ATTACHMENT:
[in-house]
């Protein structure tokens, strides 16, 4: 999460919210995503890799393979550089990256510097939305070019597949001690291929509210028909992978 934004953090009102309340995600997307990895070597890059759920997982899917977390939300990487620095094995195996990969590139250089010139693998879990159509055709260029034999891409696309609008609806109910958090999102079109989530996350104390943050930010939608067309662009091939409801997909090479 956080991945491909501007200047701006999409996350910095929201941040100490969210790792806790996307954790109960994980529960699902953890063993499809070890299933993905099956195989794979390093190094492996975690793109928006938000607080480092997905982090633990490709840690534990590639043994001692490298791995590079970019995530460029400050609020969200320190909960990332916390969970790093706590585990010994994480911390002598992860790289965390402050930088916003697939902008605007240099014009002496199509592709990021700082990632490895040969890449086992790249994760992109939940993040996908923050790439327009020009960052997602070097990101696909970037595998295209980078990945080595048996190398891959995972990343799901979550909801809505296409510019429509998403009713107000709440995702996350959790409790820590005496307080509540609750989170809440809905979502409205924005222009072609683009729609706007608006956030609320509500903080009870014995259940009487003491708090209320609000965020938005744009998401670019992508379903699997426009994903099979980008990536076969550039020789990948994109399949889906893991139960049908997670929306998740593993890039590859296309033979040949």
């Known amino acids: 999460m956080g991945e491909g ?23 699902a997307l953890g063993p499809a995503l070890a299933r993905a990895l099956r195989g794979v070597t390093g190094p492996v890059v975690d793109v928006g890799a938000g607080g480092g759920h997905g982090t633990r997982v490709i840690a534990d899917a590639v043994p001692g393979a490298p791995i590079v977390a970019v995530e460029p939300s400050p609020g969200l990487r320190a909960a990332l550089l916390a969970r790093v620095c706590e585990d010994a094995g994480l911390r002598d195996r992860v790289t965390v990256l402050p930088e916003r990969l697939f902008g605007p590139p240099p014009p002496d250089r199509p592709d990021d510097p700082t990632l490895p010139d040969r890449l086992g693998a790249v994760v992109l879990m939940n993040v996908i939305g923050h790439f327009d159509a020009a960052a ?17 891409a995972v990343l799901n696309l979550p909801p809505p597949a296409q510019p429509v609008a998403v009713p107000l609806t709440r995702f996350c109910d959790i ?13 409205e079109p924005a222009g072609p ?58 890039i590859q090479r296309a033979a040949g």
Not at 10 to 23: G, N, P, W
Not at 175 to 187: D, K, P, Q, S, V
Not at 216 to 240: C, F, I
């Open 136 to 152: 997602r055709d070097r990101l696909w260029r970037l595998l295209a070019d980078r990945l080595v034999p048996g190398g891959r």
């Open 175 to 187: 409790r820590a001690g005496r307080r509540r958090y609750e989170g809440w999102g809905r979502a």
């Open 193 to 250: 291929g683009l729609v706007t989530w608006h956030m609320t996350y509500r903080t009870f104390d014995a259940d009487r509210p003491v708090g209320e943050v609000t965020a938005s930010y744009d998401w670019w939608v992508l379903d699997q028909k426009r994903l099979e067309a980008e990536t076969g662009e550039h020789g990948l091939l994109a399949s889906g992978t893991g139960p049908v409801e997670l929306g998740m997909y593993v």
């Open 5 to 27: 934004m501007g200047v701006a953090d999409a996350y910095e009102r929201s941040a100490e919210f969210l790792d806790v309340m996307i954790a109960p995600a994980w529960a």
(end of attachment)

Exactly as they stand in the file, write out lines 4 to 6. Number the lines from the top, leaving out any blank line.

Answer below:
Not at 10 to 23: G, N, P, W
Not at 175 to 187: D, K, P, Q, S, V
Not at 216 to 240: C, F, I